The unsheltered come from every age, race, class, and educational level. Many people are just a few paychecks or a major medical problem away from being homeless. 

Homeless people face all kinds of dangers from having their few meager belongings stolen, beaten, stabbed, raped, going hungry, not having access to restrooms or showers, to freezing to death. People living outside can get hypothermia at 50 degrees, especially if it is raining and the wind is blowing. 

There are many homeless people that have not been counted, those sleeping on the streets are only the tip of the iceberg.  Many more are sleeping in abandoned buildings, behind stores, under bridges, empty houses, in cars, in tents, camping in wooded areas, extended stay motels, sleeping on someone’s sofa or hiding because of minor violations associated with being homeless, and fear of being arrested by Immigration and Customs Enforcement.

DeKalb County has a homeless crisis but also a housing crisis. “DeKalb County has over 4,600 hundred vouchers for affordable housing and the waitlist is 45,000 thousand. In the City of Decatur there are about 500 affordable units that are available and over 12,000 on the waitlist,” Coffey said.

Many homeless people work but don’t make enough money to afford a place to live. In the Atlanta area, rent is from $1,200 to $2,000 a month for a one or two-bedroom apartment. In Georgia, minimum wage workers make $7.25 an hour, or $1,160 a month.

DeKalb continues to stall on more warming centers and improvements to current warming centers despite public outcry, all while temperatures continue to drop and unhoused residents are sleeping outside in freezing weather.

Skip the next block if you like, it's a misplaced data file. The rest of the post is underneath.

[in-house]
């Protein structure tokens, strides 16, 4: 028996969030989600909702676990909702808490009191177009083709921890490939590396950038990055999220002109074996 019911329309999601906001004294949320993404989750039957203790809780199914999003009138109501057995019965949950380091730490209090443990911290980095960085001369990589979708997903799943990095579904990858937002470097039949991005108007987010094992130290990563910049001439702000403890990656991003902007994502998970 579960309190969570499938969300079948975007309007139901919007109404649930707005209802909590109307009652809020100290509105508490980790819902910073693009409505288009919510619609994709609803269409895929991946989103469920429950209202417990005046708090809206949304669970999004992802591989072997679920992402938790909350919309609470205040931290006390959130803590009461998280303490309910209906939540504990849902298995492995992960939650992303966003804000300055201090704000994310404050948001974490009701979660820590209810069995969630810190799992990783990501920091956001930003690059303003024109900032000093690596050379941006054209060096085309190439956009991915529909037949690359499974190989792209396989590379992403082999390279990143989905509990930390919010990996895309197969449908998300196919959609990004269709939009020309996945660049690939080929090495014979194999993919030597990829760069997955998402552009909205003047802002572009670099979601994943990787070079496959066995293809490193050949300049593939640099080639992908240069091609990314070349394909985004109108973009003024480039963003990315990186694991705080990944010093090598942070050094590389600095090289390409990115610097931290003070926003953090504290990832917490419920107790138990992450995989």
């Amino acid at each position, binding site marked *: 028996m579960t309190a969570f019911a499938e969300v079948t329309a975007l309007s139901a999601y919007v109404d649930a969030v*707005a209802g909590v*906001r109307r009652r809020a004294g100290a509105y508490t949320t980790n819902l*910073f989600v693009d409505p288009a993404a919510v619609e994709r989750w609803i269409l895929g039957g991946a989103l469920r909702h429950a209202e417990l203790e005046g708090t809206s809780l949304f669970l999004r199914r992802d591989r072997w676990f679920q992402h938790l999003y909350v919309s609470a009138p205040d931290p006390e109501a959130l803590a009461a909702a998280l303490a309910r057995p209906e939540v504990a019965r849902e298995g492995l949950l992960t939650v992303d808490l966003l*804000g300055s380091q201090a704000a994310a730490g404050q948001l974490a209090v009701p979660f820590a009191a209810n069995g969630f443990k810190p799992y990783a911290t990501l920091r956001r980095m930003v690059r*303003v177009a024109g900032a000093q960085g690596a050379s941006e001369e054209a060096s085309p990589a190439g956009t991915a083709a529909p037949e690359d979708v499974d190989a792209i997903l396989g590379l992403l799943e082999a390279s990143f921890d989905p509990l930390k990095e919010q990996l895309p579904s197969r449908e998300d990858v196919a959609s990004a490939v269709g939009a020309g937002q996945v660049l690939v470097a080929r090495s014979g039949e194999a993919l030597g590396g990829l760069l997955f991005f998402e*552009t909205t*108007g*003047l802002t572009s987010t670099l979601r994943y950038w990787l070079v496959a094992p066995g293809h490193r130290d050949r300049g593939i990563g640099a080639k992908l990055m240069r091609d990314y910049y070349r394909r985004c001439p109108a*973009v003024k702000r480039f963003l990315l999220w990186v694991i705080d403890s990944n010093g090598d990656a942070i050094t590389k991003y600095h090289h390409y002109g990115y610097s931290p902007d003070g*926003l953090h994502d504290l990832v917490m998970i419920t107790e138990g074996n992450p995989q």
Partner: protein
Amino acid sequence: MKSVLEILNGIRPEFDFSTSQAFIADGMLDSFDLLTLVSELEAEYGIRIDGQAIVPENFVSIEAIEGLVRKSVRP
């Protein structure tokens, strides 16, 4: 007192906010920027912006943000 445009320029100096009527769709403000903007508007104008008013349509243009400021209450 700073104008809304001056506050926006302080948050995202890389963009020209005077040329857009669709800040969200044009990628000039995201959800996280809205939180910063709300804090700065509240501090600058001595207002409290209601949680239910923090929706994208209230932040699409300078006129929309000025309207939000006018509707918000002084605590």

Attorney Mawuli Davis said, “Got to make it uncomfortable for these elected officials, as uncomfortable as it is for someone to have to sleep out in the cold in freezing temperatures.” 

Better yet, why don’t our elected officials spend a few cold, wet and windy nights sleeping outside to better understand the crisis conditions homeless people are living in and trying to survive.

Make your voice heard for the unsheltered by calling or emailing:

Michale Thurmond, Chief Executive Officer of DeKalb County 404-371-2882 or

Your DeKalb County Commissioners

City of Decatur Commissioners commission/page/meet-commissioners

Joseph Cox, Director of DeKalb Emergency Management Agency 770-270-0413 or

This problem is not unique to DeKalb; it exists in Fulton County, the City of Atlanta, and all over the United States. It is past time for the wealthiest people in the richest country in the world to pay their taxes to help those less fortunate who are homeless.

The wealthiest 1% of Americans controlled about $41.52 trillion in the first quarter of 2021, according to the federal Reserve date. This income inequality in the U.S. is obscene. 

If the U.S. government can afford to give tax breaks to multi-millionaires and billionaires who don’t need the money, then the government can afford to take care of our unsheltered brothers and sisters. It is a moral responsibility for the government to provide shelter for the homeless and healthcare for the poor because housing and healthcare are human rights. No one should freeze to death nor die from lack of healthcare in DeKalb County, the State of Georgia, or the United States.

Written and photos by Gloria Tatum